Mike: Okay. So, say patient-building gets complicated in this environment, obviously a practice needs to decide, "Are we do... You know, are we focusing... Are we doing all 12 possibilities, all three locations, each doctor at those locations." And, so, which sites do you focus on as most authoritative in this context and, you know, some are practice only, some are practitioner only, some are both. So how do you lay that out?
Joel: Yeah, so, I mean, I think...I think we see... What I see mostly in search results, are sites like Healthgrades, ZocDoc, and U.S. Health News -- U.S. News Health -- or whatever they call it, which is powered by Doximity. So, those seem to be kind of the top-ranking sites that I see. There's also other practitioner-only citations through RateMD, Vitals, WebMD, and MD.com. All those provide value, but I think from a visibility standpoint, you're really seeing the ZocDoc, the Healthgrades and the U.S. Health News.
Mike: Do any of those sites take spreadsheet uploads or do you have to sort of manually verify them?
Joel: So PatientPop does have relationship with many of these sites. ZocDoc is a pay-to-play site, so we don't deal directly with them, but I think they would consider themselves a competitor. So, you ... in some cases, you can do uploads to these sites, but they don't have great mechanisms for any given agency to step in and say, "Hey, I have a list of a 1,000 doctors, can I hand them to you?" They just don't do that very well.
Mike: So ZocDoc does a great job of search engine results but it's pay-to-play. How does Google look at that in terms of ... does a pay-to-play site transfer any authority back to a practice that's playing there?
Joel: I don't know the real answer to that. I suspect it does, based on what I've seen in search results. And I think the reason for that is that...and they have played with pay-to-play sites before. They've tried to do this on the locksmith side, and they try not to be very specific about this. I know there was...there's kind of identity issues using these pay-to-play sites because Google want it to be free for everyone, but they also want high quality. So they're balancing this, "How do we make sure we can have it accessible to everyone and, yet, still make sure it's of high quality." And I suspect, now, that Google is becoming pay-to-play in some of these verticals, they've kind of let go of that, let go of that dichotomy.
Mike: So on the review front, I hear ... you know, obviously there's different rules both state, there's federal HIPAA guidance as well as state marketing rules, you know, for doctors and professionals, that vary by state. So, quick, big question, any issue with doctors soliciting feedback on the reviews?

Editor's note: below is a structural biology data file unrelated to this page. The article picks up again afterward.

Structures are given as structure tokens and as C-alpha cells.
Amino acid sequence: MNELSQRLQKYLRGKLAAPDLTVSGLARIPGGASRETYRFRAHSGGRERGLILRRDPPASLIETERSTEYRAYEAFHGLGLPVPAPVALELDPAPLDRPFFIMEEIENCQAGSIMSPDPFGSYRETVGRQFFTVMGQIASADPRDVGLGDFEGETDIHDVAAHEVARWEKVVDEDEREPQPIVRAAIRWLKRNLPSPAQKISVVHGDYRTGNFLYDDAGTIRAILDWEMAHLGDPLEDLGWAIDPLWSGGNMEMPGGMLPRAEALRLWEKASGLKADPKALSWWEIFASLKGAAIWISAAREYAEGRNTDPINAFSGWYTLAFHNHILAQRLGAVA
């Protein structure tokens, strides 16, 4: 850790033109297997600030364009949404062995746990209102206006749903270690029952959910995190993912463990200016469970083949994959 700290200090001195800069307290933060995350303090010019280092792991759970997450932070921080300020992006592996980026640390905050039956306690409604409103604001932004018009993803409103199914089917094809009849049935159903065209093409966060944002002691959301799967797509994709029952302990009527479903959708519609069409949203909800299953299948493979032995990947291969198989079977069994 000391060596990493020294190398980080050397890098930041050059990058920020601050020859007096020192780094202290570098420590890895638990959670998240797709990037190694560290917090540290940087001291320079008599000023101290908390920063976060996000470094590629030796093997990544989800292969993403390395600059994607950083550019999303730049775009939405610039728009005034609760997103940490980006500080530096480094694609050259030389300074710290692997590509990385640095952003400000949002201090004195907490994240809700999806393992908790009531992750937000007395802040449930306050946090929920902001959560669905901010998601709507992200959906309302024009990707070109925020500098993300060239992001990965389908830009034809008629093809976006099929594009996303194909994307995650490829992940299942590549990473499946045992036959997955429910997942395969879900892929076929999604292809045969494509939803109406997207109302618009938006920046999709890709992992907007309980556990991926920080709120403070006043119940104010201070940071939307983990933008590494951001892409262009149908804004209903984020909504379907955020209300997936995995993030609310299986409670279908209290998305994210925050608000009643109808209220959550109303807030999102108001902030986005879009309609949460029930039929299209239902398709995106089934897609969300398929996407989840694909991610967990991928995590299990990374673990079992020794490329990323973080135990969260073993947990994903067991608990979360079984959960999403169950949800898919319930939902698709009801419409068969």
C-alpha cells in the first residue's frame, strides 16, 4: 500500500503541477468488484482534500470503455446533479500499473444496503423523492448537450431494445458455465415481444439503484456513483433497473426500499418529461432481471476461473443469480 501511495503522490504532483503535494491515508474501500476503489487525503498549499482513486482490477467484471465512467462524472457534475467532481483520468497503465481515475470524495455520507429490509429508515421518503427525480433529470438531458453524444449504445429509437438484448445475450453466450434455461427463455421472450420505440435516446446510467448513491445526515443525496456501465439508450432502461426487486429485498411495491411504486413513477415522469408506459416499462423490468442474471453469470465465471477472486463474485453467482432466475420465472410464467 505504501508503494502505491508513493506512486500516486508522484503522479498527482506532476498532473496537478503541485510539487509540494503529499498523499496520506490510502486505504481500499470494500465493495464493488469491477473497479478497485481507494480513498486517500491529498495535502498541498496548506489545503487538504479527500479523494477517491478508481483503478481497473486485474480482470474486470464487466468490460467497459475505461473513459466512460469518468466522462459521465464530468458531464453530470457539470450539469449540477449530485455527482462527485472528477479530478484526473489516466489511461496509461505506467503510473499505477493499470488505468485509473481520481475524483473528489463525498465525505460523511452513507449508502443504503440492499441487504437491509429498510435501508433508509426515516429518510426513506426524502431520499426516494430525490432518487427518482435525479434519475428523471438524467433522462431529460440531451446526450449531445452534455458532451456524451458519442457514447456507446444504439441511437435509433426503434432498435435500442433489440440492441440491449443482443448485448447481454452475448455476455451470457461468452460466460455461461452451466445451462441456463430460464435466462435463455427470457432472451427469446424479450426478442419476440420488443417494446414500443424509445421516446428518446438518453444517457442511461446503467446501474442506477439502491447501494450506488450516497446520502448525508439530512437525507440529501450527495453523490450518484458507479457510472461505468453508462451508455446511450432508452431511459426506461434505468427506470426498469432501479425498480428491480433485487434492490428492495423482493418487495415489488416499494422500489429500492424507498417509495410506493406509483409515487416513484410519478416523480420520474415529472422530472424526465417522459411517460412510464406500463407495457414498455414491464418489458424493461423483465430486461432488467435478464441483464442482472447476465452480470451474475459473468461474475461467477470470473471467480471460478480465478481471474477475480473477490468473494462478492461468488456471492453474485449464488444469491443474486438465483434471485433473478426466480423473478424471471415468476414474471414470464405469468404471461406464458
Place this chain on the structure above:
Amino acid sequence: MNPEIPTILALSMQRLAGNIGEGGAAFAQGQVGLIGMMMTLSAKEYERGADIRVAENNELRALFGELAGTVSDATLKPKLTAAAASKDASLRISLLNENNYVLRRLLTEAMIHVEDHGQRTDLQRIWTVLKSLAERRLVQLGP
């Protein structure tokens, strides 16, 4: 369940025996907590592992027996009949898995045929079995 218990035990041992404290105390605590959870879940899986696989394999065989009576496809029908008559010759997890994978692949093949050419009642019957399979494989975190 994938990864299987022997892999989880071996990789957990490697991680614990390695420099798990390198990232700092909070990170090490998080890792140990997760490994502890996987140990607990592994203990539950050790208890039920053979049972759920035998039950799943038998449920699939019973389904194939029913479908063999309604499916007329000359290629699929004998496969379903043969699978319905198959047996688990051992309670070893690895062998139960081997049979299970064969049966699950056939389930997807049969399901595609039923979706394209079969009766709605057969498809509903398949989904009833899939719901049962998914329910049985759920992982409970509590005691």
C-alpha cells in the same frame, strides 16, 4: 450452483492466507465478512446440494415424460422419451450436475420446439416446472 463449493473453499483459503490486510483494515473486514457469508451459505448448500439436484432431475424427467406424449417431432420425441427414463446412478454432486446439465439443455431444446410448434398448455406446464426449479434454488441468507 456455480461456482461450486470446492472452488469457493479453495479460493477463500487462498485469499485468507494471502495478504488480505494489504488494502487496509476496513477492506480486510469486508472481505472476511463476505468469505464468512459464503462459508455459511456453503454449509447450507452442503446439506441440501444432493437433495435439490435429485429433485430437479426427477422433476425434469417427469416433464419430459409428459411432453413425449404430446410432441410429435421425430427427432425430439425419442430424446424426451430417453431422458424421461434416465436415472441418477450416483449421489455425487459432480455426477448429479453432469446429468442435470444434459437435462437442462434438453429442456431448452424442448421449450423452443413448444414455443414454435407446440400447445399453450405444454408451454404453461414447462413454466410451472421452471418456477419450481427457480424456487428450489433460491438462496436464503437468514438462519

Joel: Soliciting feedback isn't a problem. Whenever you're having the patient divulge information, that's their information to divulge, right? So if a patient says, "Hey, I went in for this procedure, and they did this wrong," or that, "This was amazing, I really appreciate the results," they can do that. Where it gets more tricky is on the review responses. So, even if a patient has chosen to divulge details about any specific procedure online, a doctor still can't talk to that. So, they're un...without the patient's permission, and review platforms don't typically have a mechanism to, "Hey, can I talk about this in my response?," right? It's just not part of the platforms. So, in general, the responses, doctors need to keep their responses around their soft skills and their front office, and their feedback around that, like, "Thank you, I'm glad it went great for you." Keep it general and not be specific about what they call in the industry, "protected or personal healthcare information."
Mike: Although I've seen a number of doctors sort of jump into the fray and take direct responses to criticisms in that area. And HIPAA has not really been active in enforcing against that, as far as I can tell.
Joel: No, we haven't seen enforcement on reviews. There are groups of litigators that are creating class action lawsuits around HIPAA compliance and finding violators and...because it can be quite expensive for violations. And this is, in particular, they're looking more at communication, so like you can't send a text message, for example, to a patient without their permission and it has to be free. So you have to make sure it's not charged by their carrier for their text messaging. And there are groups of litigators that are finding...like, going out and doing exhaustive search for violations of these things to be able to litigate against them.